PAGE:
Children are increasingly swapping music via mobile phones, often without realising they can be breaking the law.
Mobile phone use among children is growing
A survey of almost 1,500 eight to 13-year-olds found almost a third shared music via their mobiles.
Children are using the built-in Bluetooth wireless feature of many phones to swap music - but without the consent of copyright holders.
Robin Hart of Intuitive Media, which conducted the survey, said the problem was a worry for the music industry.
Almost a half (45%) of children who said they did not swap music via their phones said they would like to.
The survey did not breakdown what percentage of music shared had rights attached to it or was free to exchange.
Mr Hart, co-founder of Intuitive Media, said: "Music sharing on the internet was identified by the industry as one of the biggest threats they've faced in recent years and this research shows that mobile has got the potential to exacerbate those problems.
"The children are not aware they are doing anything illegal."
He said the industry should not take legal steps to stop the practice at this stage.
"Children are doing this quite innocently. We don't need to criminalise them," he said.
The music industry has said it was "concerned" by the findings.
It has complained for many years that it is losing billions of pounds to music piracy via the net, although critics say the trend of falling sales is more tied to changing patterns of consumption.
More than a million children in the UK under 10 years old - one in four - already have a mobile phone and newer models are commonly used as MP3 players to listen to digital music.
By 2007 the average age someone will receive their first mobile phone will be eight in Europe, according to the Wireless World Forum Youth Report 2005.
Justin Pearse, Mobile Editor of New Media Age, which co-commissioned the survey, said: "The music capabilities of mobile phones have really exploded in the last few months so this type of illegal music sharing was only to be expected.
"Nearly three quarters of kids are either already sharing music like this or want to be doing so."
Mr Pearse said he expected mobile music swapping to become a "truly mass market phenomenon in a matter of weeks or months" with the arrival of high-end phones this Christmas.
The music industry reacted with a wave of lawsuits when net song-swapping services like Napster took off in the 1990s.
It has since followed this up with lawsuits against individual users accused of hoarding and swapping music without permission from copyright holders.
Intuitive Media, which runs safe social networks for primary and secondary aged children in association with educational authorities, said the survey was carried out to get a better sense of how children used their phones.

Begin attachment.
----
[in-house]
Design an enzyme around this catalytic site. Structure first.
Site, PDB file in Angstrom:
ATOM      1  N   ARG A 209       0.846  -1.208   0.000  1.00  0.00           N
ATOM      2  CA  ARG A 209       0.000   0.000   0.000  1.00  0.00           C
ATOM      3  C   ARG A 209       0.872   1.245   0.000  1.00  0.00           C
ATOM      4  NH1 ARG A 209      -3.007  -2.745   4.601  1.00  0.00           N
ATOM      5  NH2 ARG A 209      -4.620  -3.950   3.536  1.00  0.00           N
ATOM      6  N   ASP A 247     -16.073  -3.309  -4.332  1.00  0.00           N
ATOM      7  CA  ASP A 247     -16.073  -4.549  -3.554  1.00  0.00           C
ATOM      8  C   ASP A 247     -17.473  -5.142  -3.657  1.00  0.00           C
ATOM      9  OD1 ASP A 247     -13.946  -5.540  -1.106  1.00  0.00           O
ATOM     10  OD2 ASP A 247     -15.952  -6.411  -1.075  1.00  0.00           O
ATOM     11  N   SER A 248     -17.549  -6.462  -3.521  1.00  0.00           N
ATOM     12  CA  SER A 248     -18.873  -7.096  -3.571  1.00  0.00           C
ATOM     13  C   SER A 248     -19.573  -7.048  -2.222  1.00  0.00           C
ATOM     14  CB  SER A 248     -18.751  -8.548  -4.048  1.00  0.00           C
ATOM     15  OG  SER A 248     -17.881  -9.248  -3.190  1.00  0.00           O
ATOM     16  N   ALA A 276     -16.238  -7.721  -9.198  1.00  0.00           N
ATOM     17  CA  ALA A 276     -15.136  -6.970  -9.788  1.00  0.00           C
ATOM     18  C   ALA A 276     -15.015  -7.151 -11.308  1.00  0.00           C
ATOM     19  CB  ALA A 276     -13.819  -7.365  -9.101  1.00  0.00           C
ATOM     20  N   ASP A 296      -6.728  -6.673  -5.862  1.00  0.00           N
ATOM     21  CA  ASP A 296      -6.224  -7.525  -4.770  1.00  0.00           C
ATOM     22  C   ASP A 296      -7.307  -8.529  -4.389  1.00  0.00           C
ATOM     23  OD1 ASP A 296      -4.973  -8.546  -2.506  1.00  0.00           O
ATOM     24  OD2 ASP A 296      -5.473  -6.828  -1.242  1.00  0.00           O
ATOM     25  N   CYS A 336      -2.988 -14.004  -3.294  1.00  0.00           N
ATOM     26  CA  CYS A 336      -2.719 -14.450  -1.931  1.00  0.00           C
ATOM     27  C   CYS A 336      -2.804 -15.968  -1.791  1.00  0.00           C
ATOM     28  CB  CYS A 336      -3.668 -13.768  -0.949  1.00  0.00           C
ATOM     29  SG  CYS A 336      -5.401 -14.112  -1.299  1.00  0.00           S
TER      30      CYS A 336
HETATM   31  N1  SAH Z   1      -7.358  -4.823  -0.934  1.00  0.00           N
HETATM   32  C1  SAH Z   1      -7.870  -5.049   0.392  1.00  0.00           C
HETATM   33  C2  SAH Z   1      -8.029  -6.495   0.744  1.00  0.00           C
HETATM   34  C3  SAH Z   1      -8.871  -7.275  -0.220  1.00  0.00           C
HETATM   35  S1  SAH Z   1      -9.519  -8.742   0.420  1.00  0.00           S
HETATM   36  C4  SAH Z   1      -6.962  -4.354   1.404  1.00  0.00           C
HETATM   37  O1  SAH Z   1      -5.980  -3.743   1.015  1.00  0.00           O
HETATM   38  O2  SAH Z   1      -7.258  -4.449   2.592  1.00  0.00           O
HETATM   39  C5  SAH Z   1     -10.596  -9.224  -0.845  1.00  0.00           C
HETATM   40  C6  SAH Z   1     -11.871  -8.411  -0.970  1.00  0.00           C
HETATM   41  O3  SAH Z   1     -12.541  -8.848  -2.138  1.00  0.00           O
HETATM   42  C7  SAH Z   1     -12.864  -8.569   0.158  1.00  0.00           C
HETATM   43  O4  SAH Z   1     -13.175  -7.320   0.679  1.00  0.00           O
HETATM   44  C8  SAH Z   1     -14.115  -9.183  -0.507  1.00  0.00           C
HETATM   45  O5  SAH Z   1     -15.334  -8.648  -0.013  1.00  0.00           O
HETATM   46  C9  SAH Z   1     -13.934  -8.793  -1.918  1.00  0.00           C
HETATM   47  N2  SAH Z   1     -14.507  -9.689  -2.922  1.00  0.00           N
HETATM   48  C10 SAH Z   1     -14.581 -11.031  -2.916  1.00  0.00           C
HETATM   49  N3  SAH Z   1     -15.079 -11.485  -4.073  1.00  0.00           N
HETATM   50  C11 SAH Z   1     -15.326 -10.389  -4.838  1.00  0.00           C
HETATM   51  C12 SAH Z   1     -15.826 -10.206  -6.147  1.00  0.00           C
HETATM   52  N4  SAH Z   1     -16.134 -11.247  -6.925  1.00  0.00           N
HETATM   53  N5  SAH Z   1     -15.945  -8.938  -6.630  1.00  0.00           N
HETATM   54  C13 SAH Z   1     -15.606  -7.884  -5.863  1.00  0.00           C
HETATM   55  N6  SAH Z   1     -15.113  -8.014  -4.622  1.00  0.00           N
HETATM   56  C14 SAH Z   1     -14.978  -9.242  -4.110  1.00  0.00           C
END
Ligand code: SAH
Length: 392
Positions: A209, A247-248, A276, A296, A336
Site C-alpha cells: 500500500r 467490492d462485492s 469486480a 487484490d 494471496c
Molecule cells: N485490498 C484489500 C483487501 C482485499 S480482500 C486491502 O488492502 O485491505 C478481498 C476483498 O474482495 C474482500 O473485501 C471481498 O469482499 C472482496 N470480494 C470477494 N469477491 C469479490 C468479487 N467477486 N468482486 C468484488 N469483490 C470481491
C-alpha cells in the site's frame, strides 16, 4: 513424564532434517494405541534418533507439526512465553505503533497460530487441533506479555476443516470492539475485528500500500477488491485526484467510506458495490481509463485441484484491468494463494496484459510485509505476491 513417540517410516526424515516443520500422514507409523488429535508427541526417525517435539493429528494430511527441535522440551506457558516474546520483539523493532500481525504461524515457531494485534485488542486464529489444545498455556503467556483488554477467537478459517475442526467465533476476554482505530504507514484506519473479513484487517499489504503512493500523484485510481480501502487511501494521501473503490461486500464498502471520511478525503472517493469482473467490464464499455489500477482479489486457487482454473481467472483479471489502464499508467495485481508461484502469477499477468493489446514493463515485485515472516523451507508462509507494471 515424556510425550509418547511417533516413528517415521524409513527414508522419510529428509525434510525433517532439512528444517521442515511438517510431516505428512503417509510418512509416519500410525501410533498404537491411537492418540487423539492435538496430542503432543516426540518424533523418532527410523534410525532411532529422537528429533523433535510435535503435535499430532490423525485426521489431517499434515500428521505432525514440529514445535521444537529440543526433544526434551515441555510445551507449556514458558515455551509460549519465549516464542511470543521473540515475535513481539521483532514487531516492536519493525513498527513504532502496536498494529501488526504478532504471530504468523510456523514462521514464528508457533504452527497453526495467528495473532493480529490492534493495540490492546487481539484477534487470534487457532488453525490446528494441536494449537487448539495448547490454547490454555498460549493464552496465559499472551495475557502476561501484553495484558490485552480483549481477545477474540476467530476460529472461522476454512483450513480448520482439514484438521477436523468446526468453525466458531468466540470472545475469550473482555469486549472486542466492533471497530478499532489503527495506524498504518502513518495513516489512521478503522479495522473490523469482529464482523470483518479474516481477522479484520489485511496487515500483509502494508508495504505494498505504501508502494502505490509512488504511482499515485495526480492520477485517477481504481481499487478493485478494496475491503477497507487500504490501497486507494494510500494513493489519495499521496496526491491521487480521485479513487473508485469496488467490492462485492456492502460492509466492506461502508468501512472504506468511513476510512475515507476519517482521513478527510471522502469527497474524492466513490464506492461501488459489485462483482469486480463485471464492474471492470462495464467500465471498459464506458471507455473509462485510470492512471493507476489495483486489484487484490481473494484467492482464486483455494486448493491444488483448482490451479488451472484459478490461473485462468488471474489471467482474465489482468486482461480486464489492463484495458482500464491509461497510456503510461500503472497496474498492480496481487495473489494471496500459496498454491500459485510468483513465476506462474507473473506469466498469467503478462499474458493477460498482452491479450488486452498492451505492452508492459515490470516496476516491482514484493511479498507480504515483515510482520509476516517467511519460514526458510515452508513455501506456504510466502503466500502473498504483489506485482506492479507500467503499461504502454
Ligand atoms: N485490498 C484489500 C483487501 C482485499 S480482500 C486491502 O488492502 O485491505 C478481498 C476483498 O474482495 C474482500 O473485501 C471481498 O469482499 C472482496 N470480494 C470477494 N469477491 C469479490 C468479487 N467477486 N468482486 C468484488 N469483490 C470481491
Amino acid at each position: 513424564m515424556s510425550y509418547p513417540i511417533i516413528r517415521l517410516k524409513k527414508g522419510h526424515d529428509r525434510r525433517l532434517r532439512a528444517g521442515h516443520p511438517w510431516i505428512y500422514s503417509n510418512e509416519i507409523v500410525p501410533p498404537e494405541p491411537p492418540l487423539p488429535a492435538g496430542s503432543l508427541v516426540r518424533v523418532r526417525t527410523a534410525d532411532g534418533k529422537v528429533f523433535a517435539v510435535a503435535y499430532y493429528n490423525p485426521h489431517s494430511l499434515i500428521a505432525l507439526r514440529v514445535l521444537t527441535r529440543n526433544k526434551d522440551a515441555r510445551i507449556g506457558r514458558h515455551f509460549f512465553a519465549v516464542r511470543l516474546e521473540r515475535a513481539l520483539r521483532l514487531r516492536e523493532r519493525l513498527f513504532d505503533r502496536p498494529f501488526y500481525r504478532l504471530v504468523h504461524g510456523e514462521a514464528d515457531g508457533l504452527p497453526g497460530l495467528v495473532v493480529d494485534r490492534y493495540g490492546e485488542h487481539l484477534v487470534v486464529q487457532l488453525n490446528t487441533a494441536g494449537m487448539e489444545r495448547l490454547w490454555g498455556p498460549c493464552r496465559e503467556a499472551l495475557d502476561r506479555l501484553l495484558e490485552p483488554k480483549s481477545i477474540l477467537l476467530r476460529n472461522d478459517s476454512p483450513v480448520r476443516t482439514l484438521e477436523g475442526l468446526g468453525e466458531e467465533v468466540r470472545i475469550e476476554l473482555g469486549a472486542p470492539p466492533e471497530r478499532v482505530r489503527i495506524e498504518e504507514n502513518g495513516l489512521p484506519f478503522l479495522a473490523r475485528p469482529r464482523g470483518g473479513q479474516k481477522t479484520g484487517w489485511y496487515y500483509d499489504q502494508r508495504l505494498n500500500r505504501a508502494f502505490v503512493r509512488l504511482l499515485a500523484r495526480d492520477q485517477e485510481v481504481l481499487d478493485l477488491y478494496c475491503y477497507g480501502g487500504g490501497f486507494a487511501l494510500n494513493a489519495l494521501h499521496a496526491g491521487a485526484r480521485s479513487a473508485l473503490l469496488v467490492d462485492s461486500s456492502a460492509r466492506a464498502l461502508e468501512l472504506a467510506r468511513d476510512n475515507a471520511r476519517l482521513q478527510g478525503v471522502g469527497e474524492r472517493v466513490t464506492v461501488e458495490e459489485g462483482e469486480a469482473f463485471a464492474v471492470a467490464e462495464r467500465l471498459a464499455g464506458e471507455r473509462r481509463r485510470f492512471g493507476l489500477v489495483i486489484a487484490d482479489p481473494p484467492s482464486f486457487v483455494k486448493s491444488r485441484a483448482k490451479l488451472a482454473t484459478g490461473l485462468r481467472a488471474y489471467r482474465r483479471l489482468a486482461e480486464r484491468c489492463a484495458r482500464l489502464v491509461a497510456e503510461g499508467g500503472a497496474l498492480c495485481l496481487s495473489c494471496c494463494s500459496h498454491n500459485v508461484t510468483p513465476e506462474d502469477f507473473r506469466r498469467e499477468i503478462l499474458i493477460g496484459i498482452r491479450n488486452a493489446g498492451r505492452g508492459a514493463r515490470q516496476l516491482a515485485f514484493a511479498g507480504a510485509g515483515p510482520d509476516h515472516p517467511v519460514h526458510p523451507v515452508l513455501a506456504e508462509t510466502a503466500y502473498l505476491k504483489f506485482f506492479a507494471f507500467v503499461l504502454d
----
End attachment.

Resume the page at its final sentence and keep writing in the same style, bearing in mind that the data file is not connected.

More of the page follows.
"We were quite surprised by how young the kids were when getting phones," said Mr Hart, who runs GoldStarCafe.com and SuperClubsPlus.com.
He added: "53% of seven year olds on our sites own a mobile phone. It's very important to them and they use it a lot - half of the time phoning mates and half phoning family."
Mr Hart acknowledged that while the problem was a growing one it wasn't a "great problem yet" for the industry.
The threat of Napster and other sites was in the ability to deliver one copied song to hundreds of people almost simultaneously. Song swapping via mobile phones is currently one-to-one when using Bluetooth.
"This is a great opportunity for the industry. 26% of the children are buying things for their phone, costing at least £1 once a week,
"If the industry can offer cheap music downloads, make them easy to use and take advantage of Bluetooth spread, there are great opportunities.
"The industry will waste time and money trying to stop this. There's a viral thing happening here, and the music industry can take advantage of it."
Matt Phillips, communications manager for the BPI, which represents the UK music industry, said: "The illegal sharing of music is clearly a concern for the record industry.
He added: "While swapping songs via Bluetooth is a concern for the industry, it hasn't caused the same problems as illegal p2p filesharing as it's copying on a one-to-one, rather than one-to-millions basis.
"Ultimately the way to grow revenues with mobile will be to offer music fans what they want and encourage them to get their music legally."